I wrote a letter to my love and on the way I dropped it

Part of  Blue Black Semantic and The Curious B series. (The Authentic Massacre of the Innocent Image – Painting number 78).

Cheryl Penn Asemic Writing

Blue-Black Semantic had been stationery for over 2 days, silently evaluating the person of Probability Theory. As a random subset of  Planes in the Boolean Fields, it was difficult to set activity parameters for further moves forwards (or backwards for that matter). The Continuum of Percolation was serving no one any good, least of all  Curious B.

That’s the difficulty with theoretical bounds of information capacity – the Grammar Rules were unruly and generally extremely excitable (something to do with compound possession?).  Further problems were alternative subjects and verb agreement – no wonder the Curious B had wandered off with a tattered and battered map indicating overlapping sets of realisations.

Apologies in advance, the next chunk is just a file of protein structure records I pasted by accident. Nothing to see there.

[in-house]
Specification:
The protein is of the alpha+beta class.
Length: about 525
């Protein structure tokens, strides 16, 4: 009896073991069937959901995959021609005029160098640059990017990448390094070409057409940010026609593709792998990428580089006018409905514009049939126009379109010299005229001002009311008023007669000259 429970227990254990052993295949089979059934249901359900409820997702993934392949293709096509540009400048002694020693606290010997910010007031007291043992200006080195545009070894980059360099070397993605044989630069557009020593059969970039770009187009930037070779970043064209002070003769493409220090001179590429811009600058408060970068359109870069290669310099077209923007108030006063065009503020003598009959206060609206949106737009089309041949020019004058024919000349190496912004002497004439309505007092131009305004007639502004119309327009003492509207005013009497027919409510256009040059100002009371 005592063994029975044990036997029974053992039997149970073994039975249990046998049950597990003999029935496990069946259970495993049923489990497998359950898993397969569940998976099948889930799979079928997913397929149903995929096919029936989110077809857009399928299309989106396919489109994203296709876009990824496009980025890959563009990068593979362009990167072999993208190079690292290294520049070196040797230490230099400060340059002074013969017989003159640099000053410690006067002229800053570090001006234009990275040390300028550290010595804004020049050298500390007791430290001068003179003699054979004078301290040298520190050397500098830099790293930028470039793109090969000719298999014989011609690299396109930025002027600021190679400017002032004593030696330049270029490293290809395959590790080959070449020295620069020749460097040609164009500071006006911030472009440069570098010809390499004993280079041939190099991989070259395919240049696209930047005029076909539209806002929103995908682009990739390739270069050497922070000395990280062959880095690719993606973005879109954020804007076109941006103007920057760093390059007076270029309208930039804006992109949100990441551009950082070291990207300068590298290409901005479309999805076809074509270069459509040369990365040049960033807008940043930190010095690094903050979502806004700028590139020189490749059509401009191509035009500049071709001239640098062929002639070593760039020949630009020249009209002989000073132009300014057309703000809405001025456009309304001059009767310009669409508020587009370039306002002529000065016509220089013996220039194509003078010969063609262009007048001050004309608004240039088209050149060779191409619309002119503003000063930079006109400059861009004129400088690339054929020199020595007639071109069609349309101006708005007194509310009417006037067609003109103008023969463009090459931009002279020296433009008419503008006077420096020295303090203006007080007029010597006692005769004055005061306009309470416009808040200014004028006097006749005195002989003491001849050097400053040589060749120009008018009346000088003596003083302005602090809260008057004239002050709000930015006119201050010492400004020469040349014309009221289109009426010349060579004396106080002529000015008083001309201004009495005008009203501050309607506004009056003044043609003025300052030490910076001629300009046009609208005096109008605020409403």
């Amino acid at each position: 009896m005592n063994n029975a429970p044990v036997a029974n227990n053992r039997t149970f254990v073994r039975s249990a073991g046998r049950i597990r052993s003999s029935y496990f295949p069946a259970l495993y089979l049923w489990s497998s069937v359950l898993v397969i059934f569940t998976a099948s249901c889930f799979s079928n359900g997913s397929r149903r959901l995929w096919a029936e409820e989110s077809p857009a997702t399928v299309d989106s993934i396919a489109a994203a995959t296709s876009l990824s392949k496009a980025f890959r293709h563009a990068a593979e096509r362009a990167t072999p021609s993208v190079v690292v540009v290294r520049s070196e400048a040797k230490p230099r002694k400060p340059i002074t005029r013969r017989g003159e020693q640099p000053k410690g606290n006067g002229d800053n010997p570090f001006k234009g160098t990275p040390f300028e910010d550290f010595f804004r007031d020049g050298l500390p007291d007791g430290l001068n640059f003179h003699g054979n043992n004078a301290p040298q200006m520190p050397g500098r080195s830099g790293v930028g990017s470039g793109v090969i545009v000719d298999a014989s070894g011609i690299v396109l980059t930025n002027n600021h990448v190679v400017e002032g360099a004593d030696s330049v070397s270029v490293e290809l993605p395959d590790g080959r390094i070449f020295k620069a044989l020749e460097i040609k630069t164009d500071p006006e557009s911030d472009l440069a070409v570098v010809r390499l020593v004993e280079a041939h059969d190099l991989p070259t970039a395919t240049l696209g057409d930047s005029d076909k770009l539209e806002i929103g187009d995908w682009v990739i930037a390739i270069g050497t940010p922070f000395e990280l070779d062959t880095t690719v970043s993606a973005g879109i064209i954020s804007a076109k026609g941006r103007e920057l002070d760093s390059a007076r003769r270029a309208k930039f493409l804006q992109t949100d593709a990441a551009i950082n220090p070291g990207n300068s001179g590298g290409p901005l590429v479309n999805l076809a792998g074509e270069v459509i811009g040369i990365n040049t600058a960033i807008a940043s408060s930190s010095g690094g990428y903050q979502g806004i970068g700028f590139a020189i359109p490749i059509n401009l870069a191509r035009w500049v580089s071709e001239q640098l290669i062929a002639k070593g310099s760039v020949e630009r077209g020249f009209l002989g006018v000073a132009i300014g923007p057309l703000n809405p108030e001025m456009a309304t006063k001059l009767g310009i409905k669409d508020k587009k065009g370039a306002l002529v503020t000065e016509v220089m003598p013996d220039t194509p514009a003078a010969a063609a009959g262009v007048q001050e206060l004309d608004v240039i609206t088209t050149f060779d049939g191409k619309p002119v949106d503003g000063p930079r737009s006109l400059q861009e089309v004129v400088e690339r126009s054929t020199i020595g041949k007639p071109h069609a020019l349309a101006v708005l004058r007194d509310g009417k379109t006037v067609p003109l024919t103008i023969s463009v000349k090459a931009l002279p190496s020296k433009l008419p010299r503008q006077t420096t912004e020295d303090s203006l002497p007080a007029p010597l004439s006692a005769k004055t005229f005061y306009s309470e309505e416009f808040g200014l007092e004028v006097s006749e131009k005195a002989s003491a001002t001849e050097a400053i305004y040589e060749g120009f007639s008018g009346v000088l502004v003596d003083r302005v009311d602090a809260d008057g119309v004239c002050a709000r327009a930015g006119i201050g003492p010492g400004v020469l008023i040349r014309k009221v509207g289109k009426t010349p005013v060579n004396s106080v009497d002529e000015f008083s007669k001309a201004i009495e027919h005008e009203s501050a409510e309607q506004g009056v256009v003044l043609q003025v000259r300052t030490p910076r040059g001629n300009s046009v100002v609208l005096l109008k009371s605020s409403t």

Asemic Samples – An Encyclopedia of Everything

Like most people, when I was first introduced to the concept of Asemic Writing it came as quite a shock that there was TITLE and a genre and a community of people who practiced this writing form.

I received – I can only call them snippets of Asemic writing over quite a long period. Instead of them disappearing into storage, I have gathered them into a book.

These samples entrench my feeling of the elasticity of the term ‘asemic’. I have stitched asemics (Marie Wintzer (Japan), asemics on fallen wall plaster (Heather Miller – South Africa), painted asemics (Sue Bowen – USA) and printed asemics (Samual Montalvetti – Argentina) to name but a few.